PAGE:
Kingdom of Galicia

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The Kingdom of Galicia (Galician: Reino de Galicia, or Galiza; Spanish: Reino de Galicia; Portuguese: Reino da Galiza; Latin: Galliciense Regnum) was a political entity (a state) in southwestern Europe.

Kingdom of Galicia
Reino de Galicia or Galiza (in Galician)
Reino de Galicia (in Spanish)
Reino da Galiza (in Portuguese)
Galliciense Regnum (in Latin)
910–1833
Flag of Galiza
Flag
Coat of arms of Galiza
Coat of arms
Motto: Hoc hic misterium fidei firmiter profitemur
"Here is the mystery of faith that we strongly profess"
Anthem: Antiga Marcha do Reino de Galicia
Map of the Kingdom of Galicia
The location of the Kingdom of Galicia in the 11th century CE, in red
CapitalSantiago de Compostela1
Common languagesLatin
Vulgar Latin
Galician-Portuguese
Castilian
A few speakers of Brittonic, Visigothic, Vandalic and Suebic
Religion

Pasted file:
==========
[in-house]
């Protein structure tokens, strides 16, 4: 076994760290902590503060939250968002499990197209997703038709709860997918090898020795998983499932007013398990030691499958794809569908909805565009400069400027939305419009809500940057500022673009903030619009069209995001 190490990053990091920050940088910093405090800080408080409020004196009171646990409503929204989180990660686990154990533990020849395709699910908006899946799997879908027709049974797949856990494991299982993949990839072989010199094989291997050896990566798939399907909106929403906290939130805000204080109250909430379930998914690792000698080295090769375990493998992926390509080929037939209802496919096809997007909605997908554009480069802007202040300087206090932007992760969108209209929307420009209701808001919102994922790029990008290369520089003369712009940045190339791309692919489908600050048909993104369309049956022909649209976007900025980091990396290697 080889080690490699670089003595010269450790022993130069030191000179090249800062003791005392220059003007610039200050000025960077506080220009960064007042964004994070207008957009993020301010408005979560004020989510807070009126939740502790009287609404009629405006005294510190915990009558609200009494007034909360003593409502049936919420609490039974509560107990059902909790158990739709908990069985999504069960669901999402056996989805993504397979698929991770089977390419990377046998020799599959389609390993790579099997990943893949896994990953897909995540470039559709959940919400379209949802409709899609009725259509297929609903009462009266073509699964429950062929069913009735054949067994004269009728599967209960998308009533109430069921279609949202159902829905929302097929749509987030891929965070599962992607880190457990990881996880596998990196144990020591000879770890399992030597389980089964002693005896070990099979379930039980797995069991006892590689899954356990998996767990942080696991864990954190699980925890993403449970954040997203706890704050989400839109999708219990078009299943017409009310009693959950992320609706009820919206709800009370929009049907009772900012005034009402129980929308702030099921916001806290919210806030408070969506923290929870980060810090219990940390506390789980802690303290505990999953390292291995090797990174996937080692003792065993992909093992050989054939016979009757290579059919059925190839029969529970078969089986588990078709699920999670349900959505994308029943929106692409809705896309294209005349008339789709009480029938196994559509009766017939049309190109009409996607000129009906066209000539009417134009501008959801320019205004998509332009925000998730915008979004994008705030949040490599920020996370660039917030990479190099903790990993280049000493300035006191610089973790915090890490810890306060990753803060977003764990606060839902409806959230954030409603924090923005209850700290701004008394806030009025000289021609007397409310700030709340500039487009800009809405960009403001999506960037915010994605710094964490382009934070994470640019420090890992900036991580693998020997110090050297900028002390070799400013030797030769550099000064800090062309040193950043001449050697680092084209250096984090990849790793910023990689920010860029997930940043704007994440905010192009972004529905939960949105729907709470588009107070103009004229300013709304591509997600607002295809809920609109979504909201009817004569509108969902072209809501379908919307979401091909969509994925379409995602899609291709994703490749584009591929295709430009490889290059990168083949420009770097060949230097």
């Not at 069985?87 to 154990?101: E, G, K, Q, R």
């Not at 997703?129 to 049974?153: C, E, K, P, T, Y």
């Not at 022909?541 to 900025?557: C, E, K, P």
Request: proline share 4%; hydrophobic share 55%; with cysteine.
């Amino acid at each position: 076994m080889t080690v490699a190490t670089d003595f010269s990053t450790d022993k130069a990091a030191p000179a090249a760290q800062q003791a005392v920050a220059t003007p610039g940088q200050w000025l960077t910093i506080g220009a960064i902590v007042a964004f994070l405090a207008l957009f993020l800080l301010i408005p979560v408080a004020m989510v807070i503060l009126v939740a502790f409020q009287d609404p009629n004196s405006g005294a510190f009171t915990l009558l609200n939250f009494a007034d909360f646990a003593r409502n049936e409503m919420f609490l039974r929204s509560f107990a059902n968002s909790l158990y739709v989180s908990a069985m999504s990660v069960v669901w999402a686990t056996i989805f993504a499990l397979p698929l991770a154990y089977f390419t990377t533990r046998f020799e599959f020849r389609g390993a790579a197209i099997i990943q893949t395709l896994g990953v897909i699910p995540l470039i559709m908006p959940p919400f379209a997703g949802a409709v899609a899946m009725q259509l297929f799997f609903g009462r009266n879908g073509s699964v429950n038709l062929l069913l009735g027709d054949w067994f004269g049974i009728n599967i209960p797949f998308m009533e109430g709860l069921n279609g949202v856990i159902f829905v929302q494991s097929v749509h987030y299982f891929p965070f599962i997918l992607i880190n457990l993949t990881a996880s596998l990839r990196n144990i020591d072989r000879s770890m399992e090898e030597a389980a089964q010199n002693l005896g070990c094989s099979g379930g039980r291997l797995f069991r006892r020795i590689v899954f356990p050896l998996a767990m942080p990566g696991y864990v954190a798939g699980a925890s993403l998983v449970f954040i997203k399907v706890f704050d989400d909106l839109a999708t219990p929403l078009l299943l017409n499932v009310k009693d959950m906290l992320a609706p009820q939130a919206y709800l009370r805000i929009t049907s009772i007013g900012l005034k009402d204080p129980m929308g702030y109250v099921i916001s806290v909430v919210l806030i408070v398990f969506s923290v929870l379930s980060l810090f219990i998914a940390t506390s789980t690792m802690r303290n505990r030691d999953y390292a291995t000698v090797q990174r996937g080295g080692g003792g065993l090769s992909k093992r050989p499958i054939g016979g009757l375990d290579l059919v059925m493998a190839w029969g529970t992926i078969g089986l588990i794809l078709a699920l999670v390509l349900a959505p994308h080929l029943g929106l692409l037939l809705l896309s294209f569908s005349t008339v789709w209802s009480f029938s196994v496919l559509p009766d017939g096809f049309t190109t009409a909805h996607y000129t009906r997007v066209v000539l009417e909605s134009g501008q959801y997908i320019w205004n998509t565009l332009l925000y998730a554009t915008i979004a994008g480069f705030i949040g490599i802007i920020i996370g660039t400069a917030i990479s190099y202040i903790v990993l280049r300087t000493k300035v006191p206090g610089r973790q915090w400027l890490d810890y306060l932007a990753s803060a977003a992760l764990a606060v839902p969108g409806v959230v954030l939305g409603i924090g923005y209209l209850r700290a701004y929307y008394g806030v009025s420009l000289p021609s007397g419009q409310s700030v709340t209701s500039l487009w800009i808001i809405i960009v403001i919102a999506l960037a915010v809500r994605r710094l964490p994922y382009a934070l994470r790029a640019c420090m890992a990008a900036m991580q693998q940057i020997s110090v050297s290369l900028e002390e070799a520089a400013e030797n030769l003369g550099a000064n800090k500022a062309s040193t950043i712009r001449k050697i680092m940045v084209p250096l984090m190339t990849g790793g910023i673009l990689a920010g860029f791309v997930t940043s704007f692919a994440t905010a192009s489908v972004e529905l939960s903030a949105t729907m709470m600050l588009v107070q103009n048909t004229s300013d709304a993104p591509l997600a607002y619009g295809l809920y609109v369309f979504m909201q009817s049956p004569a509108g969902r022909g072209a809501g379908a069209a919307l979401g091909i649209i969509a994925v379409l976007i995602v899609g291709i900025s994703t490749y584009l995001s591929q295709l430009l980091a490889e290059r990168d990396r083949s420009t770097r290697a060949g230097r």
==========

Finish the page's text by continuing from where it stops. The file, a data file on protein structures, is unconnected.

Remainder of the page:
Roman Catholicism
Demonym(s)Galician
GovernmentMonarchy
Monarch 
• 409–438
Hermeric (first)
• 1813–1833
Ferdinand VII (last)
LegislatureJunta
History 
• Founded by García II
910
• Dissolved
1833
Preceded by
Succeeded by
Western Roman Empire
Kingdom of Leon
Kingdom of Spain
County of Portugal
Couto Misto
1 Previously Lugo and Braga. From the 16th century the capitality was disputed.
Arms of the Kingdom of Galicia, illustrated in L´armorial Le Blancq, Bibliothèque nationale de France, 1560

Galicia was part of the Kingdom of the Spanish Visigoths from 585 to 711. In the 8th century Galicia became a part of the newly founded Christian kingdoms of the northwest of the peninsula, Asturias and León. Sometimes it got independence under its own kings.[1]

Compostela became capital of Galicia in the 11th century. The independence of Portugal (1128) made its southern boundary. The accession of the Castilian King Ferdinand III to the Leonese kingdom in 1230 brought Galicia under the control of the Crown of Castile. The kingdom of Galicia was now a political division in the larger realm.

Related pages[change | change source]

References[change | change source]

  1. Rodríguez Fernández, Justiniano (1997). García I, Ordoño II, Fruela II, Alfonso IV. Burgos: Editorial La Olmeda. ISBN 84-920046-8-1.